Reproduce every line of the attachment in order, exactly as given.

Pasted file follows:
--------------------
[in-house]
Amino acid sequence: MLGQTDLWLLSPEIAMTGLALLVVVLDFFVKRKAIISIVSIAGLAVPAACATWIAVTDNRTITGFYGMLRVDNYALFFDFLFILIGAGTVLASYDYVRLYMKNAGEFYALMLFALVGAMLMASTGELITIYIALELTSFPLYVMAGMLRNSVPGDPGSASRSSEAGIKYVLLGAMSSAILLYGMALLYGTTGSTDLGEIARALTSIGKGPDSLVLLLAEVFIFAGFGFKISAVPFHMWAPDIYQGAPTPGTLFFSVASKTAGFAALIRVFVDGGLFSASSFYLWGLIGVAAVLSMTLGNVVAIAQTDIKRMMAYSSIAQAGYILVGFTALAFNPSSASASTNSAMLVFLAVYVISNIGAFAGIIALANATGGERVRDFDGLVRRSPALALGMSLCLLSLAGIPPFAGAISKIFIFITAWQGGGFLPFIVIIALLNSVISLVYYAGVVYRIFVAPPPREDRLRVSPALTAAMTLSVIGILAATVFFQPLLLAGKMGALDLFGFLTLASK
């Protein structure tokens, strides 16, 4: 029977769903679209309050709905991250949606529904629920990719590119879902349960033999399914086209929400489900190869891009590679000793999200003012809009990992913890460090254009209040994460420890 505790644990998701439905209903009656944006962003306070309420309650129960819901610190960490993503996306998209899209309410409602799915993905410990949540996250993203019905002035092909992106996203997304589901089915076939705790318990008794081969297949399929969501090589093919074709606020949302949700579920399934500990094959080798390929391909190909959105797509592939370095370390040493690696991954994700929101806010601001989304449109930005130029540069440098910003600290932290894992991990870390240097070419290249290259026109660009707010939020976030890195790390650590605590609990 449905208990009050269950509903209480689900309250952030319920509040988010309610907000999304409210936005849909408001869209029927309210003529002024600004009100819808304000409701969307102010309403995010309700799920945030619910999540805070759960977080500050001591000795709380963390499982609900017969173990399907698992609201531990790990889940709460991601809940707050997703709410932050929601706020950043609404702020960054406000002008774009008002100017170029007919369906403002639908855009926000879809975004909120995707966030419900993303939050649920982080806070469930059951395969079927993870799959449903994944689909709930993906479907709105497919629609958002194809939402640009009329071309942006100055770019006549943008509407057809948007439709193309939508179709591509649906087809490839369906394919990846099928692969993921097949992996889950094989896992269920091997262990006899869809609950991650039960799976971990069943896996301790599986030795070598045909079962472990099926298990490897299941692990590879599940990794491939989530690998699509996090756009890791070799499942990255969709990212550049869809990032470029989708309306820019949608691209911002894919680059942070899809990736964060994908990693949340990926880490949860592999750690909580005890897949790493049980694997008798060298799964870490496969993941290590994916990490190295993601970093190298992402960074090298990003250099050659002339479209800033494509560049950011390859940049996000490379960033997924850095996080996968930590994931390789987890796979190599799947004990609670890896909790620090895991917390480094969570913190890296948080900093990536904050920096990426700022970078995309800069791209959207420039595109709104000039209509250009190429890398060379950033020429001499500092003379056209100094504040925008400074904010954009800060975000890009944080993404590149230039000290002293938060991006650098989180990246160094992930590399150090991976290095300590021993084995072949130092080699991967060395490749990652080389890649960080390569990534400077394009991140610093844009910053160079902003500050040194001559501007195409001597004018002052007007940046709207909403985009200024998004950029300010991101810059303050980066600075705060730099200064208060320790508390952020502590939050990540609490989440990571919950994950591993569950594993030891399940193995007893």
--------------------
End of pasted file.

[in-house]
Amino acid sequence: MLGQTDLWLLSPEIAMTGLALLVVVLDFFVKRKAIISIVSIAGLAVPAACATWIAVTDNRTITGFYGMLRVDNYALFFDFLFILIGAGTVLASYDYVRLYMKNAGEFYALMLFALVGAMLMASTGELITIYIALELTSFPLYVMAGMLRNSVPGDPGSASRSSEAGIKYVLLGAMSSAILLYGMALLYGTTGSTDLGEIARALTSIGKGPDSLVLLLAEVFIFAGFGFKISAVPFHMWAPDIYQGAPTPGTLFFSVASKTAGFAALIRVFVDGGLFSASSFYLWGLIGVAAVLSMTLGNVVAIAQTDIKRMMAYSSIAQAGYILVGFTALAFNPSSASASTNSAMLVFLAVYVISNIGAFAGIIALANATGGERVRDFDGLVRRSPALALGMSLCLLSLAGIPPFAGAISKIFIFITAWQGGGFLPFIVIIALLNSVISLVYYAGVVYRIFVAPPPREDRLRVSPALTAAMTLSVIGILAATVFFQPLLLAGKMGALDLFGFLTLASK
């Protein structure tokens, strides 16, 4: 029977769903679209309050709905991250949606529904629920990719590119879902349960033999399914086209929400489900190869891009590679000793999200003012809009990992913890460090254009209040994460420890 505790644990998701439905209903009656944006962003306070309420309650129960819901610190960490993503996306998209899209309410409602799915993905410990949540996250993203019905002035092909992106996203997304589901089915076939705790318990008794081969297949399929969501090589093919074709606020949302949700579920399934500990094959080798390929391909190909959105797509592939370095370390040493690696991954994700929101806010601001989304449109930005130029540069440098910003600290932290894992991990870390240097070419290249290259026109660009707010939020976030890195790390650590605590609990 449905208990009050269950509903209480689900309250952030319920509040988010309610907000999304409210936005849909408001869209029927309210003529002024600004009100819808304000409701969307102010309403995010309700799920945030619910999540805070759960977080500050001591000795709380963390499982609900017969173990399907698992609201531990790990889940709460991601809940707050997703709410932050929601706020950043609404702020960054406000002008774009008002100017170029007919369906403002639908855009926000879809975004909120995707966030419900993303939050649920982080806070469930059951395969079927993870799959449903994944689909709930993906479907709105497919629609958002194809939402640009009329071309942006100055770019006549943008509407057809948007439709193309939508179709591509649906087809490839369906394919990846099928692969993921097949992996889950094989896992269920091997262990006899869809609950991650039960799976971990069943896996301790599986030795070598045909079962472990099926298990490897299941692990590879599940990794491939989530690998699509996090756009890791070799499942990255969709990212550049869809990032470029989708309306820019949608691209911002894919680059942070899809990736964060994908990693949340990926880490949860592999750690909580005890897949790493049980694997008798060298799964870490496969993941290590994916990490190295993601970093190298992402960074090298990003250099050659002339479209800033494509560049950011390859940049996000490379960033997924850095996080996968930590994931390789987890796979190599799947004990609670890896909790620090895991917390480094969570913190890296948080900093990536904050920096990426700022970078995309800069791209959207420039595109709104000039209509250009190429890398060379950033020429001499500092003379056209100094504040925008400074904010954009800060975000890009944080993404590149230039000290002293938060991006650098989180990246160094992930590399150090991976290095300590021993084995072949130092080699991967060395490749990652080389890649960080390569990534400077394009991140610093844009910053160079902003500050040194001559501007195409001597004018002052007007940046709207909403985009200024998004950029300010991101810059303050980066600075705060730099200064208060320790508390952020502590939050990540609490989440990571919950994950591993569950594993030891399940193995007893």